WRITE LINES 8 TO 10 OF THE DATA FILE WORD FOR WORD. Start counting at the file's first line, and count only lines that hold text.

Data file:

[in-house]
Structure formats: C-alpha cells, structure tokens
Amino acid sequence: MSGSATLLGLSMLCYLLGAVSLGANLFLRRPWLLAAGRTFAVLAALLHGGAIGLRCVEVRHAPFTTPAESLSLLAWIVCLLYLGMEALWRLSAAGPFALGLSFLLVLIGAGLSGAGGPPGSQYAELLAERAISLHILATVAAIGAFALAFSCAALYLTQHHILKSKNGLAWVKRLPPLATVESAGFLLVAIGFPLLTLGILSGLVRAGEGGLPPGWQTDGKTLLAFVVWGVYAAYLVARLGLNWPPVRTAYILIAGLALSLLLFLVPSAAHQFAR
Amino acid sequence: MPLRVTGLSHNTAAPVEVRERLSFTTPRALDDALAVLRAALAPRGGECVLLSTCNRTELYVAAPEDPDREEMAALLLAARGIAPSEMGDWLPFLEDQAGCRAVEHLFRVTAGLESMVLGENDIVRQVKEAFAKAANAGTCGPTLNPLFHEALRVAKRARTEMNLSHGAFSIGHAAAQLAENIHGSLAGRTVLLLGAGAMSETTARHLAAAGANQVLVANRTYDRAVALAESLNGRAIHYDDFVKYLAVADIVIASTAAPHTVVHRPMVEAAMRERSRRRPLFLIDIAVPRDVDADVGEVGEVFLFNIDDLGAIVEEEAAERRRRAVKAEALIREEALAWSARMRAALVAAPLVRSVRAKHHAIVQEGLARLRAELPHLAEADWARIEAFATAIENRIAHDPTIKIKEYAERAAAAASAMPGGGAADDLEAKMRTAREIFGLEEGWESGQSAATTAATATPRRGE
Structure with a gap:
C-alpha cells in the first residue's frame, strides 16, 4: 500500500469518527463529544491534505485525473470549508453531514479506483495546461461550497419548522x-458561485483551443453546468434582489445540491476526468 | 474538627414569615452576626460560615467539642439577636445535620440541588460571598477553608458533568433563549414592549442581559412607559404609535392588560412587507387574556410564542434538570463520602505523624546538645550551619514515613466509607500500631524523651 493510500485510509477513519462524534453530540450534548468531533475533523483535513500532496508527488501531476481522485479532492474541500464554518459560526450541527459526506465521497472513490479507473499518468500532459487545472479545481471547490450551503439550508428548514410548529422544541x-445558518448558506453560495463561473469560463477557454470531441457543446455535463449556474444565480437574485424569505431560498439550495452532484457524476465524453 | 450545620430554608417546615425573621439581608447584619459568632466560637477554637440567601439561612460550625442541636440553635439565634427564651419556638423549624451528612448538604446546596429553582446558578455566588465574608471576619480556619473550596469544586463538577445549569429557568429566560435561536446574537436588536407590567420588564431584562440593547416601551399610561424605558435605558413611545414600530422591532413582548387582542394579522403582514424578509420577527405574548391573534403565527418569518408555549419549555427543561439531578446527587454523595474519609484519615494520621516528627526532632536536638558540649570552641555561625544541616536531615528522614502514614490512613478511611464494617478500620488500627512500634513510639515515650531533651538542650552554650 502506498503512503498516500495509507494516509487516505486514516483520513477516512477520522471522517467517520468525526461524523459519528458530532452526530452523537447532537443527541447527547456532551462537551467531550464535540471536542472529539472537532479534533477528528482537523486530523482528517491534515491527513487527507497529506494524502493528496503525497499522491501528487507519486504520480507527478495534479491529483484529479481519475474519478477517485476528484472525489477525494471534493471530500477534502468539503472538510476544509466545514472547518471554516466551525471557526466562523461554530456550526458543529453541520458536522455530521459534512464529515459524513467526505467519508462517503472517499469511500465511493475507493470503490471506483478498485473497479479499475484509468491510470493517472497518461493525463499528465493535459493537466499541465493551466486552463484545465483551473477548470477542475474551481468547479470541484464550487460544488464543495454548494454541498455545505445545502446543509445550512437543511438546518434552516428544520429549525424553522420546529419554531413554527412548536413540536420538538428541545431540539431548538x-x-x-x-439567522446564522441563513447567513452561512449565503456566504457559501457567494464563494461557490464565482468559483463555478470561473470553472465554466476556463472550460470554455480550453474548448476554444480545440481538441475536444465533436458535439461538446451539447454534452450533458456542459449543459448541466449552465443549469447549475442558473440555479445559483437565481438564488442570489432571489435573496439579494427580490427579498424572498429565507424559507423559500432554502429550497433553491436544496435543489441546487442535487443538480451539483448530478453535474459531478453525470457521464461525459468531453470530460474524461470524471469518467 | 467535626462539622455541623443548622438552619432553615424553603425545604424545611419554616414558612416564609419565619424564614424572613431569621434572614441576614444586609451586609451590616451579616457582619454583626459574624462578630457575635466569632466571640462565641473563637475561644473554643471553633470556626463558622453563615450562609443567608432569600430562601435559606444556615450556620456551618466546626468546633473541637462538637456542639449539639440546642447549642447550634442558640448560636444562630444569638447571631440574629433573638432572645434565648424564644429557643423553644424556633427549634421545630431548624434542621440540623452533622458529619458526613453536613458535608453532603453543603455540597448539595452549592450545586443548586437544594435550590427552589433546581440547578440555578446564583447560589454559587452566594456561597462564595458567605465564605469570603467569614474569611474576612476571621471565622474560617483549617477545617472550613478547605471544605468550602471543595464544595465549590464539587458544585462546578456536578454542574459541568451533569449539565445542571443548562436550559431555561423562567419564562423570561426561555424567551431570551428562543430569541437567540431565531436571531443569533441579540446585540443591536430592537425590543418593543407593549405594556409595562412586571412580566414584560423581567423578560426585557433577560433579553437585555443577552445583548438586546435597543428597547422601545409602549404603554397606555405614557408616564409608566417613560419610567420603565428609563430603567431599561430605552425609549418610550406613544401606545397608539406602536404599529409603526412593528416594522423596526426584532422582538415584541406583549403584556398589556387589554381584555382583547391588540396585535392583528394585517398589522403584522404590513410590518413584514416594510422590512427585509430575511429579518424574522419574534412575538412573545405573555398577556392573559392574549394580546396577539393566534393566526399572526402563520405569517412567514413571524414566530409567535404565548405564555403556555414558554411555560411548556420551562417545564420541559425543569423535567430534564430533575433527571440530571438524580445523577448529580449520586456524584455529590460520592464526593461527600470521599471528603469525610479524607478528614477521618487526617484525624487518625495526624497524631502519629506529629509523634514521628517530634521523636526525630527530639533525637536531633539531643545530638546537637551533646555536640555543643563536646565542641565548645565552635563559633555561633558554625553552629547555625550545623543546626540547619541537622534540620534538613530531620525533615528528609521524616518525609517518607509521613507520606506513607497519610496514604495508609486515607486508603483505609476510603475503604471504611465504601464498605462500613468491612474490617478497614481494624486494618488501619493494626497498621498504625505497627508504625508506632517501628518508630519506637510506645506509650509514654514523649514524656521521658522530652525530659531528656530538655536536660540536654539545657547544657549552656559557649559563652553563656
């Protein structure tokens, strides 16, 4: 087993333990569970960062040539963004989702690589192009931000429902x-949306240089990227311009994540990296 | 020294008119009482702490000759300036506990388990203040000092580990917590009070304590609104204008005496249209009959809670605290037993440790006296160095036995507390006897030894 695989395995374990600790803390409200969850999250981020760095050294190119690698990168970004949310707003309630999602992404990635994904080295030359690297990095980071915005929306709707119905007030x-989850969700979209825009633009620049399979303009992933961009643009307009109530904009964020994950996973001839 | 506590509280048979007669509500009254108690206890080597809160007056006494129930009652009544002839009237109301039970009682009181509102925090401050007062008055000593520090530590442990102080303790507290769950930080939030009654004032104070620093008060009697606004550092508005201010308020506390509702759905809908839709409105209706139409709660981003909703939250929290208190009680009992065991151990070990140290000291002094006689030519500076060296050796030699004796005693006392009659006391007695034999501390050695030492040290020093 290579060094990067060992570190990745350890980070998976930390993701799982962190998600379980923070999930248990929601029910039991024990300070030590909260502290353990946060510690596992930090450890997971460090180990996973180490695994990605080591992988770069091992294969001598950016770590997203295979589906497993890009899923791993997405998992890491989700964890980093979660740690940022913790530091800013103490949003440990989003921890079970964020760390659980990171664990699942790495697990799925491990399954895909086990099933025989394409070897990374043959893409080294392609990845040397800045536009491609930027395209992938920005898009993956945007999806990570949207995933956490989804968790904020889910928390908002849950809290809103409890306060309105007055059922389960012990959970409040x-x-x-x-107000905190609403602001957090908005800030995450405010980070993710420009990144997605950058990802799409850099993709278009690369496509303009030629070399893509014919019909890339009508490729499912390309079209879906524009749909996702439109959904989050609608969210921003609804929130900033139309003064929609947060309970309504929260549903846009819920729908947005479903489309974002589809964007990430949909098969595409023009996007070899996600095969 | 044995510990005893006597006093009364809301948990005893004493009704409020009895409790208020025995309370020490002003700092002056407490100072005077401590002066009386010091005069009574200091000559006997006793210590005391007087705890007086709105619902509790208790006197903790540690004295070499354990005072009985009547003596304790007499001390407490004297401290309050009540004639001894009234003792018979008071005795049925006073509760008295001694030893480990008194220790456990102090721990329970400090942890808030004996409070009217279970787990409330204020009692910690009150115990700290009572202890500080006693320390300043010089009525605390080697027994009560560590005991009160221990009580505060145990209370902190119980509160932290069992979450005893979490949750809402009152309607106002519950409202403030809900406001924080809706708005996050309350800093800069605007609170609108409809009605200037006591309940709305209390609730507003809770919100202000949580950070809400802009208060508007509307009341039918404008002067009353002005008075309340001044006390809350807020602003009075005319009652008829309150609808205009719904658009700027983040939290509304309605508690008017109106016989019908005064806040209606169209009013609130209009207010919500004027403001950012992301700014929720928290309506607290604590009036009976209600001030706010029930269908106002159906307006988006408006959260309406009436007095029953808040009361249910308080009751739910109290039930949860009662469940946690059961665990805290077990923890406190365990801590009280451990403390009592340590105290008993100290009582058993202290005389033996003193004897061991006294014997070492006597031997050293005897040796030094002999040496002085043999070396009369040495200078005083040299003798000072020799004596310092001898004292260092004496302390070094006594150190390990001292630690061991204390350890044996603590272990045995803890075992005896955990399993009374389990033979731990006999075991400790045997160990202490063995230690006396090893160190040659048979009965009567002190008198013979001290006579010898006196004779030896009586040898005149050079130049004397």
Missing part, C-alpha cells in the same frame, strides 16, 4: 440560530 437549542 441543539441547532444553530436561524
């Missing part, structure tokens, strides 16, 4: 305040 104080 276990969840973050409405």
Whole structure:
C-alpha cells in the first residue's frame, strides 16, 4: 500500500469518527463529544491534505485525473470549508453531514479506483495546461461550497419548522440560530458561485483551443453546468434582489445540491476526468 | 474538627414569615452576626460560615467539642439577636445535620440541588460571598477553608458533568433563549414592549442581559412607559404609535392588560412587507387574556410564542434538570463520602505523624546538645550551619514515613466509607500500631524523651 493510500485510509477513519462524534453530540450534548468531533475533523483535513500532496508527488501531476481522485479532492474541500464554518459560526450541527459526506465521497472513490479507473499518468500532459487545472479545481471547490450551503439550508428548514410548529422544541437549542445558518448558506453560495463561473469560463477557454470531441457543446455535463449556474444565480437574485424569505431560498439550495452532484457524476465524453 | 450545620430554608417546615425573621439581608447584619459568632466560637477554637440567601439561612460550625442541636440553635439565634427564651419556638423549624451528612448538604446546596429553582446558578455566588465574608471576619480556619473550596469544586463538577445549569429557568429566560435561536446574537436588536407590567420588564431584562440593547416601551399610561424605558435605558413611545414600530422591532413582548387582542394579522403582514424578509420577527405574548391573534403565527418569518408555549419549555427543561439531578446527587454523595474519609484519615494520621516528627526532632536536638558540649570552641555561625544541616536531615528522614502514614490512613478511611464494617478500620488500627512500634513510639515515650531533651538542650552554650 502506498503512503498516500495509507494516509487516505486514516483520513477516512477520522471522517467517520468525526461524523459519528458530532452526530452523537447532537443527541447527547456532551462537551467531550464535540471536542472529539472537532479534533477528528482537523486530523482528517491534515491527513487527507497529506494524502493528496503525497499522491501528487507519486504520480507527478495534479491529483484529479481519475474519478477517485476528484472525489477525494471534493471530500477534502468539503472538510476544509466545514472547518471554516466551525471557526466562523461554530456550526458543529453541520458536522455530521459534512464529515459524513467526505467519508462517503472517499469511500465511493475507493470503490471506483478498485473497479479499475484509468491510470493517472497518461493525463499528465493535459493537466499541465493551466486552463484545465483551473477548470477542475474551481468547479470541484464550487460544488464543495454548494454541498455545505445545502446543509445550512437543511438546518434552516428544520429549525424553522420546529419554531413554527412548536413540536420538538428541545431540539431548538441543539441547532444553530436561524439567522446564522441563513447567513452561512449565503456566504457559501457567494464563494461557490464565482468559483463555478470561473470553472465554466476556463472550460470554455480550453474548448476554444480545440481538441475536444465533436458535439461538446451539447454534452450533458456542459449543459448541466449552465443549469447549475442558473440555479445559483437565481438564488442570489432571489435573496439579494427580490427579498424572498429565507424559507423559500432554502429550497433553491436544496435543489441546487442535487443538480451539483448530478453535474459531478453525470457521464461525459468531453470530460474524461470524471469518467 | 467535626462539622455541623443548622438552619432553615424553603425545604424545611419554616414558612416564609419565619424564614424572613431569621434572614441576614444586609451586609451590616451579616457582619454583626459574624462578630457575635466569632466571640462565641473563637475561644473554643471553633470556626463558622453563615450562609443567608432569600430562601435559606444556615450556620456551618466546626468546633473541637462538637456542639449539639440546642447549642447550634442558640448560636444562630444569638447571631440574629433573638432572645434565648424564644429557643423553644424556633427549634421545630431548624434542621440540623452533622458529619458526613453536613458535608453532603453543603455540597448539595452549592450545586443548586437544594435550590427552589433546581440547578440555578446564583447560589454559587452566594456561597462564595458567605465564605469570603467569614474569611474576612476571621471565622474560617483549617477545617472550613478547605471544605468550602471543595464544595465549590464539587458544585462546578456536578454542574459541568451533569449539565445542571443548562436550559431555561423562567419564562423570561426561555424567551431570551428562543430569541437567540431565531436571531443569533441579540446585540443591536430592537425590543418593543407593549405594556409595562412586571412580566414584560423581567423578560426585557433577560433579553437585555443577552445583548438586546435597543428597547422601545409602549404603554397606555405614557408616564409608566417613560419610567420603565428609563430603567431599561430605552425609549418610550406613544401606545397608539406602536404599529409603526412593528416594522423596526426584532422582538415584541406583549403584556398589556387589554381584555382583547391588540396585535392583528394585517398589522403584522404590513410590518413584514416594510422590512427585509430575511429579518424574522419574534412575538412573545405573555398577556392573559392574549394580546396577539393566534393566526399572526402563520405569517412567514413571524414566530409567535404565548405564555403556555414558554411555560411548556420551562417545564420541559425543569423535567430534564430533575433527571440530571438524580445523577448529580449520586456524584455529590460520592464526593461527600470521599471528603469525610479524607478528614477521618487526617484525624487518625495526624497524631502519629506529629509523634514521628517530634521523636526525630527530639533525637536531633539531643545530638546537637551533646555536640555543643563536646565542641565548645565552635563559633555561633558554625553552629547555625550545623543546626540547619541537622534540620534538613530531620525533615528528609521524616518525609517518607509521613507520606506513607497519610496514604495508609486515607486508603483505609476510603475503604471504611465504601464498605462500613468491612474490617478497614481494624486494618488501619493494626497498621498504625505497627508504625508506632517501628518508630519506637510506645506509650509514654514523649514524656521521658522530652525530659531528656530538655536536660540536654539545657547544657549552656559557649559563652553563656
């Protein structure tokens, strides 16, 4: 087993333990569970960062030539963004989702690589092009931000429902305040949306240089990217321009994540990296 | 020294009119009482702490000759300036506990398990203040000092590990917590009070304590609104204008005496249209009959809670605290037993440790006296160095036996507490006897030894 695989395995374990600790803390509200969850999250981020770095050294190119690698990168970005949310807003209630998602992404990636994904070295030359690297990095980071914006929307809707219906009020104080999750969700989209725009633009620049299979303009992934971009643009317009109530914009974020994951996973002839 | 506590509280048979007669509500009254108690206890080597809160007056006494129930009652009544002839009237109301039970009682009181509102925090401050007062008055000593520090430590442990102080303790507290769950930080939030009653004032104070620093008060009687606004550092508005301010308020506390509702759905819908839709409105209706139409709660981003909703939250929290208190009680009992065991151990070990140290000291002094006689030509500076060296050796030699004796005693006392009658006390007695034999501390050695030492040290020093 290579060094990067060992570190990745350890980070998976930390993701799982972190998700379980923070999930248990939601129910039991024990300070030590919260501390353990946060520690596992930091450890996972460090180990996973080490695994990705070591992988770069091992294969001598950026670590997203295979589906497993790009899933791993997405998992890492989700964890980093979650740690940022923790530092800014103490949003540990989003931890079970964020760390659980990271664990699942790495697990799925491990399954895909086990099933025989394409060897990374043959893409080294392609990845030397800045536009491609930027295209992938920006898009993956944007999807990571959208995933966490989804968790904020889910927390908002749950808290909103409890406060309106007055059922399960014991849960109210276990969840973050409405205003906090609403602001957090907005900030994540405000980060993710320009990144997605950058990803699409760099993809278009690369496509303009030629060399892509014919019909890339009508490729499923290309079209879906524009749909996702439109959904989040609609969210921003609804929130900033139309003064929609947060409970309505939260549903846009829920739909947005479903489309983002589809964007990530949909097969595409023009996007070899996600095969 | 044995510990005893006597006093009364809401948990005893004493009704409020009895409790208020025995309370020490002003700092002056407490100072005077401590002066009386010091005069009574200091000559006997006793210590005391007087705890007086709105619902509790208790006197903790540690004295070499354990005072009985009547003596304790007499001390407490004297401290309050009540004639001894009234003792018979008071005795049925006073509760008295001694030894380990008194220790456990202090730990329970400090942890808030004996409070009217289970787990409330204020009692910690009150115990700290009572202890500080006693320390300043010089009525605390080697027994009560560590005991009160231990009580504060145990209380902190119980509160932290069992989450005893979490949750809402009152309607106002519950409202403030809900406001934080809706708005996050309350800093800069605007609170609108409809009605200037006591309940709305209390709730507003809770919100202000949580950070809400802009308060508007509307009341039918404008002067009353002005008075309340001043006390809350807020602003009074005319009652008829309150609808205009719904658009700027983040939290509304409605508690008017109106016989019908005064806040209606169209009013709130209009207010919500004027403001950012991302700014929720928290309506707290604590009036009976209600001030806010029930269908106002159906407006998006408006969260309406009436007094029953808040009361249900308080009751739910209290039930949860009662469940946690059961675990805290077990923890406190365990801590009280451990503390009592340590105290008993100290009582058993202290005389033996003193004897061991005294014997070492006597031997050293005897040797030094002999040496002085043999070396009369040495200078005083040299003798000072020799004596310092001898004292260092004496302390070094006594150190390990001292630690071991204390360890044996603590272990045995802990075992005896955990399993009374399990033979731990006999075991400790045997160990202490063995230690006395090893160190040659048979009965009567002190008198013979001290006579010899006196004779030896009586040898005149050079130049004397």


Missing part, C-alpha cells in the same frame, strides 16, 4: 440560530 437549542 441543539441547532444553530436561524
């Missing part, structure tokens, strides 16, 4: 305040 104080 276990969840973050409405």
Whole structure: